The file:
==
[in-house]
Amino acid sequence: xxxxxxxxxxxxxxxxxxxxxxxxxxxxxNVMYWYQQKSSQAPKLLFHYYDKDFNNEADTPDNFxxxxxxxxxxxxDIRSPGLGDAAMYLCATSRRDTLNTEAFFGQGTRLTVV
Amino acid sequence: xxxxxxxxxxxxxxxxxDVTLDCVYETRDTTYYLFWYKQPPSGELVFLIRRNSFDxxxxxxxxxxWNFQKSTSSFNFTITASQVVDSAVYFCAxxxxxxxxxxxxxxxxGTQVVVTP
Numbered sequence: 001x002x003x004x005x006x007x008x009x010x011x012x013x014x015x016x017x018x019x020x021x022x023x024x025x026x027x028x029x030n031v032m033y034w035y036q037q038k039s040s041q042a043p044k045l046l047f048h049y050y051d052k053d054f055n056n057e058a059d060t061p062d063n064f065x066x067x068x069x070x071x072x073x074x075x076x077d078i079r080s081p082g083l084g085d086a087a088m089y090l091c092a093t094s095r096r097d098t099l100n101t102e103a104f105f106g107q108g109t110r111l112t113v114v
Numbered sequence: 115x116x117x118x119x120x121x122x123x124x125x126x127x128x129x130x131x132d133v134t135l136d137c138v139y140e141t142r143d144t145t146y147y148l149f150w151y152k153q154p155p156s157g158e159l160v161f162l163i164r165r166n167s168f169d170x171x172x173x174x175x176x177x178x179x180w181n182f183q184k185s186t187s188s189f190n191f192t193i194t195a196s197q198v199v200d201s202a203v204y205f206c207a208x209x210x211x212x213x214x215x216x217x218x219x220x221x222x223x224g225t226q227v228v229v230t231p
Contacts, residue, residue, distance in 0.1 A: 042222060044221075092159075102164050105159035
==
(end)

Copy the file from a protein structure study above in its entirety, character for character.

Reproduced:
[in-house]
Amino acid sequence: xxxxxxxxxxxxxxxxxxxxxxxxxxxxxNVMYWYQQKSSQAPKLLFHYYDKDFNNEADTPDNFxxxxxxxxxxxxDIRSPGLGDAAMYLCATSRRDTLNTEAFFGQGTRLTVV
Amino acid sequence: xxxxxxxxxxxxxxxxxDVTLDCVYETRDTTYYLFWYKQPPSGELVFLIRRNSFDxxxxxxxxxxWNFQKSTSSFNFTITASQVVDSAVYFCAxxxxxxxxxxxxxxxxGTQVVVTP
Numbered sequence: 001x002x003x004x005x006x007x008x009x010x011x012x013x014x015x016x017x018x019x020x021x022x023x024x025x026x027x028x029x030n031v032m033y034w035y036q037q038k039s040s041q042a043p044k045l046l047f048h049y050y051d052k053d054f055n056n057e058a059d060t061p062d063n064f065x066x067x068x069x070x071x072x073x074x075x076x077d078i079r080s081p082g083l084g085d086a087a088m089y090l091c092a093t094s095r096r097d098t099l100n101t102e103a104f105f106g107q108g109t110r111l112t113v114v
Numbered sequence: 115x116x117x118x119x120x121x122x123x124x125x126x127x128x129x130x131x132d133v134t135l136d137c138v139y140e141t142r143d144t145t146y147y148l149f150w151y152k153q154p155p156s157g158e159l160v161f162l163i164r165r166n167s168f169d170x171x172x173x174x175x176x177x178x179x180w181n182f183q184k185s186t187s188s189f190n191f192t193i194t195a196s197q198v199v200d201s202a203v204y205f206c207a208x209x210x211x212x213x214x215x216x217x218x219x220x221x222x223x224g225t226q227v228v229v230t231p
Contacts, residue, residue, distance in 0.1 A: 042222060044221075092159075102164050105159035